When you do the work of researching brands, have a great series of discovery calls, and then you get to that important place in the conversation where a potential sponsor says, “Send me something…” you may not know what your partner or sponsor information document should include.
We are asked lots of these questions by speakers, authors, entrepreneurs and organizations seeking sponsorship and working on building sponsor relationships:
What do I need to provide to sponsors?
What goes in a proposal to sponsors?
What do sponsors want to see when being asked for sponsorship?
How do I articulate the value I can bring to sponsors?
One thing’s for sure… if you make your ASK before building a relationship and/or if you send a generic proposal, you can probably expect your document to end up in the garbage.
How to Keep Your Sponsor Information Document From Being Sent to the Shredder
If you’d like to keep your brand out of the shredder and top of mind, here's what your proposal or partnering document should NOT include:
Levels (gold, silver, bronze or any variation of this)
Too much information about you and your project without answering the brand’s questions first
Stand Out and Be Remembered With These Sponsor Information and Proposal Document Tips:
Most importantly, sponsor information documents should be customized and tailored.
Remember, in sponsorship, your sponsors are using their marketing budget (not a philanthropy budget) to have you, your project, event, or big dream market them in some way. You need to know not only what they are marketing, but also who they are marketing to (or what new audiences do they want to market to). Without this knowledge of the sponsors' needs (and if you do not know your own audience and demographics to determine if it’s a fit), it will be difficult to bring sponsorship into your business model.
Whether you are hosting an event, a retreat, book launch, speaking or book tour, or philanthropic event (to name a few examples), sponsorship can help you advance the attendee experience and bring in new influence and revenue to your event or project.
What to Include In Your Sponsorship Package:
When you are preparing a sponsorship proposal or information document (often referred to as a sponsorship package), you want to address information that answers a sponsors' questions within the first few pages.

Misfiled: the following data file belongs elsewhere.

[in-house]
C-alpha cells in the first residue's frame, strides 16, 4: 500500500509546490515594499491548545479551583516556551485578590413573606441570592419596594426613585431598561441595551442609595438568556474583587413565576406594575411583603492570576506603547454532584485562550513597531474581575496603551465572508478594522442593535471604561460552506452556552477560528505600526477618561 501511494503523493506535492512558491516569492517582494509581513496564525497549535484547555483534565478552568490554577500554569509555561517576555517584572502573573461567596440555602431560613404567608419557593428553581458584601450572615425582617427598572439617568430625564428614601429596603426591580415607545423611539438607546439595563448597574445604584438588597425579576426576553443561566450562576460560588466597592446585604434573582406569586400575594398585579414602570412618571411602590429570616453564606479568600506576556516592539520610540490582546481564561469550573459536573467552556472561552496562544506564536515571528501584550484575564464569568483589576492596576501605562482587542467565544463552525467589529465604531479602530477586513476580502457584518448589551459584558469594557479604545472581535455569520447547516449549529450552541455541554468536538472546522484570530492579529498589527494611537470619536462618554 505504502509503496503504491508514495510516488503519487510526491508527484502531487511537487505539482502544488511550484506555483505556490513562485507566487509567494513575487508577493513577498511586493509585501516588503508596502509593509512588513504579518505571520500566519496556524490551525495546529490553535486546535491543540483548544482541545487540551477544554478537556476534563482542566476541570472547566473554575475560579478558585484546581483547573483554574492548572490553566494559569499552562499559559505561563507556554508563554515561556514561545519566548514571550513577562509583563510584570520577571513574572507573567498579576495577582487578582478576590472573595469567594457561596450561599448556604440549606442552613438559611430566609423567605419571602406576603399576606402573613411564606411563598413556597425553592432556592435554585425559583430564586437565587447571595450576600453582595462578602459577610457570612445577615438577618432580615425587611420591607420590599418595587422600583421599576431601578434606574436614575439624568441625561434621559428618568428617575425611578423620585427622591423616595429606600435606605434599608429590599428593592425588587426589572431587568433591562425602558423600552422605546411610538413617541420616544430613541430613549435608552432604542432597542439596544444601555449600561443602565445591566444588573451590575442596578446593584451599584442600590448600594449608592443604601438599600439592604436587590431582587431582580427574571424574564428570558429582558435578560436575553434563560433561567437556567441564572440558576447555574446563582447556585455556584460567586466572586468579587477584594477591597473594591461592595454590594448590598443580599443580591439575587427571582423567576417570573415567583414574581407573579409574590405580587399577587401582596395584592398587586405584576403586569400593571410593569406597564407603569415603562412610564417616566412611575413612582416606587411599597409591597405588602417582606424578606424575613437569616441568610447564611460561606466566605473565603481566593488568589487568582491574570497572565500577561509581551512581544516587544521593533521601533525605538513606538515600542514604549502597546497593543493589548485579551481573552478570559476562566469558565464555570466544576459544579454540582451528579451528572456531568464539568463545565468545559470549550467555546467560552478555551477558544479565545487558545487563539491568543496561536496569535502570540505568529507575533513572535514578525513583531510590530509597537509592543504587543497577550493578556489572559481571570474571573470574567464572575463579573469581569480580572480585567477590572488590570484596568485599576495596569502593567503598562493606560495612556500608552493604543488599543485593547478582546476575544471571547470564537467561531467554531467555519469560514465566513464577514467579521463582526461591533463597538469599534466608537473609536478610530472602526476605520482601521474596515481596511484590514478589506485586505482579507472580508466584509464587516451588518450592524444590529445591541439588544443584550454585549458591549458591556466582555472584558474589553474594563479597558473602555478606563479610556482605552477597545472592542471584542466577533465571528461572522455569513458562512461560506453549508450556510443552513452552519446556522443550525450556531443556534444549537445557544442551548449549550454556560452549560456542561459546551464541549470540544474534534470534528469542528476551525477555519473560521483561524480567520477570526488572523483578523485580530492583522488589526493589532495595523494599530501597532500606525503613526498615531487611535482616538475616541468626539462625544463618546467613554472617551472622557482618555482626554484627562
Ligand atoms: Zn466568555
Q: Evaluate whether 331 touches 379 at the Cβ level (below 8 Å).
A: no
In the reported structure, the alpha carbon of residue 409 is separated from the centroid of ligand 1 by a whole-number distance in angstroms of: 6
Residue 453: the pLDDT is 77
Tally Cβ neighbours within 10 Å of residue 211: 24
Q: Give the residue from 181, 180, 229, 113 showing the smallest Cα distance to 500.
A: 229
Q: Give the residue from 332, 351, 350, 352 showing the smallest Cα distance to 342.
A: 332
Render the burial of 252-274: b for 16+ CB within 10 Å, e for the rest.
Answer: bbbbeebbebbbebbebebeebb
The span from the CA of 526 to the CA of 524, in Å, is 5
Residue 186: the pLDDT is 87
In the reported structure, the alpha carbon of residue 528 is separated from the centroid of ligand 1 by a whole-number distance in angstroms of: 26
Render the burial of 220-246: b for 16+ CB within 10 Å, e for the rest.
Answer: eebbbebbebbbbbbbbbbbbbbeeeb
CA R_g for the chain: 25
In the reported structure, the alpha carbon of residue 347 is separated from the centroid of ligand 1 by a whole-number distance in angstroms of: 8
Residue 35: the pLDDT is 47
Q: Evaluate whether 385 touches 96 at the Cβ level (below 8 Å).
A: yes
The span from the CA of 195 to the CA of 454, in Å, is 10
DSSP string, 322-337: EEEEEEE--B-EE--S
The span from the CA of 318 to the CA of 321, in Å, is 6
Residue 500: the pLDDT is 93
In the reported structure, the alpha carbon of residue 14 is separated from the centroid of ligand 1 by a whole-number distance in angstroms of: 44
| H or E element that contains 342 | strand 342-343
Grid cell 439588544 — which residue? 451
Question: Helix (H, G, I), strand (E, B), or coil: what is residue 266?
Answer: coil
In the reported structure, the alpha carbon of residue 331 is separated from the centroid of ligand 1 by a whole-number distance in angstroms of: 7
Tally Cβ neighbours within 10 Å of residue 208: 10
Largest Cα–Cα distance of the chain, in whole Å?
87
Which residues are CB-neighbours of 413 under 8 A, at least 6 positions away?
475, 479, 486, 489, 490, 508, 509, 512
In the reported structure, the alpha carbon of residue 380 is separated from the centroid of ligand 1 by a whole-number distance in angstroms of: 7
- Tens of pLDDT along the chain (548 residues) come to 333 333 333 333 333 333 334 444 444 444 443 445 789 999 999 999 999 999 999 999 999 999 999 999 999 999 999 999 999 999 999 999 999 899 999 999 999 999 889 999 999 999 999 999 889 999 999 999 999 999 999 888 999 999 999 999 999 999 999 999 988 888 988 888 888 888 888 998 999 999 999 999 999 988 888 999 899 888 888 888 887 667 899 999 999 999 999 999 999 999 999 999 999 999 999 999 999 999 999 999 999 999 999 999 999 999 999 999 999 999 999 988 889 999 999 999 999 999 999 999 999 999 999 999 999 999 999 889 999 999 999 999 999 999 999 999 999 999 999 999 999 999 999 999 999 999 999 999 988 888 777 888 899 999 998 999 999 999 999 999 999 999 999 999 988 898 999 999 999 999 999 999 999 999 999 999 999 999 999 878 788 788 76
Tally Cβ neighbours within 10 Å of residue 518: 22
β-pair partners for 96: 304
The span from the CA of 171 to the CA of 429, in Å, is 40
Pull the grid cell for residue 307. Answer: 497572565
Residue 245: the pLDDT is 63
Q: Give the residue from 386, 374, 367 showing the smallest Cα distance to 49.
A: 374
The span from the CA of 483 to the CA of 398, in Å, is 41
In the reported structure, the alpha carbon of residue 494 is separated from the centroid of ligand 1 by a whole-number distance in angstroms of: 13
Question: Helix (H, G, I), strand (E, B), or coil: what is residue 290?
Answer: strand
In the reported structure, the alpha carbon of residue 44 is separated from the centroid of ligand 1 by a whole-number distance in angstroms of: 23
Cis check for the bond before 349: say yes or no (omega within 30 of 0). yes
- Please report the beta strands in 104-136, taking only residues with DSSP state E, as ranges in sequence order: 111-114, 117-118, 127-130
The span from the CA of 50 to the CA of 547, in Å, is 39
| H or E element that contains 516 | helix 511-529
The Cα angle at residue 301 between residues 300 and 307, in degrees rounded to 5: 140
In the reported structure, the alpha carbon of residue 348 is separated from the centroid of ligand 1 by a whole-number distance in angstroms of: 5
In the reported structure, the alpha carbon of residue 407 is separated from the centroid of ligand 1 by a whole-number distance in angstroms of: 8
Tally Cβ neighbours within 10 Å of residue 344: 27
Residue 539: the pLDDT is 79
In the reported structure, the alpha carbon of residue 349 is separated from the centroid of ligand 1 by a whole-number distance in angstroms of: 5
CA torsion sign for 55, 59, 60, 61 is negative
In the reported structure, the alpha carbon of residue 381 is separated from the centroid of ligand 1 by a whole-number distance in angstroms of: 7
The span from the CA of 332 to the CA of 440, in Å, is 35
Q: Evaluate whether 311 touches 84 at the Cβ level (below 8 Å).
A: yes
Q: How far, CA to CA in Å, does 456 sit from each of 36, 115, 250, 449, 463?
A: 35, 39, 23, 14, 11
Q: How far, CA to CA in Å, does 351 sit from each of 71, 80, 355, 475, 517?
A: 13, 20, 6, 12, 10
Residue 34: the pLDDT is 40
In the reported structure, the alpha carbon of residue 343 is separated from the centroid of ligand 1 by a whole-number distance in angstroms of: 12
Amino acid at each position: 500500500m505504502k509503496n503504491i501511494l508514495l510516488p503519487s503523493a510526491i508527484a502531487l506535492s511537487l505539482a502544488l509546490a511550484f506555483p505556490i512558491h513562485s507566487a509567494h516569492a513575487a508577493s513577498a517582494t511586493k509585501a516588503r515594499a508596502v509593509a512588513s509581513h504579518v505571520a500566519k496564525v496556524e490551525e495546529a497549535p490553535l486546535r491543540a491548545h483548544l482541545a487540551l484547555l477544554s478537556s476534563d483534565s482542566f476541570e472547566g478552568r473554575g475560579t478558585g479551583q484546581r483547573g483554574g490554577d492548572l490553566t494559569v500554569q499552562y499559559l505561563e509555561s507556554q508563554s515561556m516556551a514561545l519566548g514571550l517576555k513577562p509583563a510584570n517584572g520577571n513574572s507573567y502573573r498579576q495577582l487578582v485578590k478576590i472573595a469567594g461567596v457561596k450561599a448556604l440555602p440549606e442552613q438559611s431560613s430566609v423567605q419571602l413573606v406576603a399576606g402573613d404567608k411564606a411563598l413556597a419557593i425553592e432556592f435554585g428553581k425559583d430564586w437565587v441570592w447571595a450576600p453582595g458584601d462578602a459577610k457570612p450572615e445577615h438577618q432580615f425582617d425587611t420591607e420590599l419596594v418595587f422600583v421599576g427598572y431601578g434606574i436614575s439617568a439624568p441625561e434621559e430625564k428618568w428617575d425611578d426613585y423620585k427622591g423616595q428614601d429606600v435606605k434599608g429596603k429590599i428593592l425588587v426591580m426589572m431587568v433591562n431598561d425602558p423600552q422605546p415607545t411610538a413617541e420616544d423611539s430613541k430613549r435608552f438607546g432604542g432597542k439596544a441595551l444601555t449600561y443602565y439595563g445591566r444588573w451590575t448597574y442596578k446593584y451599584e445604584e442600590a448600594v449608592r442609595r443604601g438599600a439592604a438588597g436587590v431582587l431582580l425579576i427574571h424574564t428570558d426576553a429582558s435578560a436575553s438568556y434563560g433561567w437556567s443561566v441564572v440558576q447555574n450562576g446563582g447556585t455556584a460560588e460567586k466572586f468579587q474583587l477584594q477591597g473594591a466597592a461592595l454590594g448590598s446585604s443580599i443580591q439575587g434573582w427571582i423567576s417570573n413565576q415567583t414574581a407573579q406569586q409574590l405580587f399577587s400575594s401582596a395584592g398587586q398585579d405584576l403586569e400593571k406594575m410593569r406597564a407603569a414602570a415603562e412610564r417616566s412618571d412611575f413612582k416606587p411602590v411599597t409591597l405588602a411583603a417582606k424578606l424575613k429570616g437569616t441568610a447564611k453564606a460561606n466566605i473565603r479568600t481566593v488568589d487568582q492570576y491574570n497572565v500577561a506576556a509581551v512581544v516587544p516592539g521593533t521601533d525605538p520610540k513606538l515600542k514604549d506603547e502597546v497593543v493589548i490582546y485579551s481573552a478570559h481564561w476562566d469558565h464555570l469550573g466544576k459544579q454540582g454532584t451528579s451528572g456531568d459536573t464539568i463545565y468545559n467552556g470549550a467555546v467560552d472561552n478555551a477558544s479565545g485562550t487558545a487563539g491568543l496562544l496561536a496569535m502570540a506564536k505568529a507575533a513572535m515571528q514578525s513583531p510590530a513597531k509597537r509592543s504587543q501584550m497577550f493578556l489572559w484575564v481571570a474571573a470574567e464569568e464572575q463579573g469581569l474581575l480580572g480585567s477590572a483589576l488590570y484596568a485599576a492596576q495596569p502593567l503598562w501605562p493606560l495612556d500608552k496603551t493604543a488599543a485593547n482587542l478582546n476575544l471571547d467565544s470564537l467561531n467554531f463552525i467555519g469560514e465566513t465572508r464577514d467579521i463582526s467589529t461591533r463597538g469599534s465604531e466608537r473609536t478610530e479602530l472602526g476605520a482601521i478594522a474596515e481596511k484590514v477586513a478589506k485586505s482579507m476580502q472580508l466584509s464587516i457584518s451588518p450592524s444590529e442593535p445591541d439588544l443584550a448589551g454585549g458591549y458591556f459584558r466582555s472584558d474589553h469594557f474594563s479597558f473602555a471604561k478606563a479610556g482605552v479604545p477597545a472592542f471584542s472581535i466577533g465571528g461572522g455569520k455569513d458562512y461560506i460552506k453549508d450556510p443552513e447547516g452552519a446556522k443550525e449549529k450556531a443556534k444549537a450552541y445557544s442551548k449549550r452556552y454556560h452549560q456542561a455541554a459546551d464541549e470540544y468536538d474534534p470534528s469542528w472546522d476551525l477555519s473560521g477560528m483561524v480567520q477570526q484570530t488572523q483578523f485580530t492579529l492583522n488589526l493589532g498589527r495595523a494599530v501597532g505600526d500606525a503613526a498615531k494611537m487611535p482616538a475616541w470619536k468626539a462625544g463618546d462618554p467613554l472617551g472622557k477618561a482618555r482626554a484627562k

The information included should provide details about the demographics of your audience, such as:
Gender (e.g. Is the audience more women, men, combination?)
Income or socioeconomic details
Education (e.g. Is this a professional audience? Is it college students? Etc.)
If the audience are parents
Employment sector (small business owners, entrepreneurs, large industry, government, etc.)
Other details that you know about your audience such as do they belong to certain groups/associations, beliefs, etc.
When you properly research sponsors ahead of time, you can get a good sense of their priorities, target audience, brand values, and potential needs. This can help you expand on the information and demographics that you provide. Include details from specific conversations you have had from your discovery calls.
Examples: How to Speak to the Needs of Your Sponsors
It's also helpful to present a clear and customized call to action, such as:
"If you want to get in front of women entrepreneurs who have been in business more than 10 years and who are speakers, authors, coaches, let's set up a time to connect. Everything we do with sponsors is customized, so that you only pay for the benefits that are of value to you and your marketing goals. Give us a call, and we'll work with you to create something that fits your budget, meets your marketing goals, and aligns with your brand."
"If you want to get your brand in front of start-up companies in the coaching industry, let's set up a time to connect. We work with sponsors to create customized opportunities so that you only pay for the benefits that are of value to you and that are aligned with your marketing goals. Give us a call, and we'll work with you to create something that fits your budget, marketing goals, and brand values."
"If you want to get your brand in front of and reach educators in the elementary school system and the parents of their students, let's set up a time to talk. When we work with sponsors, we work with you to create customized opportunities so that you only pay for the benefits that are of value to you and support your marketing goals. Give us a call, and we'll work with you to create something that fits your budget, marketing goals, and that’s aligned with your brand."
Sponsorship Proposals That Lead to A YES:
If you want to stand out to sponsors, keep these 3 summary ideas in mind:
- Do not present them with generic tiered packages.
- Ensure you provide ample information about your demographics.
- Provide a clear call to action.
On our website, we make this document available to potential partners and businesses wanting to learn more about Raise a Dream as a starting point: Partnering with Raise a Dream
We then tailor unique documents based on specific conversations with brands when there’s a fit, and we’re ready to collaborate.
Why not work get started on your own sponsor information document? Be ready to stand out and get a YES for your next “send me something” opportunity.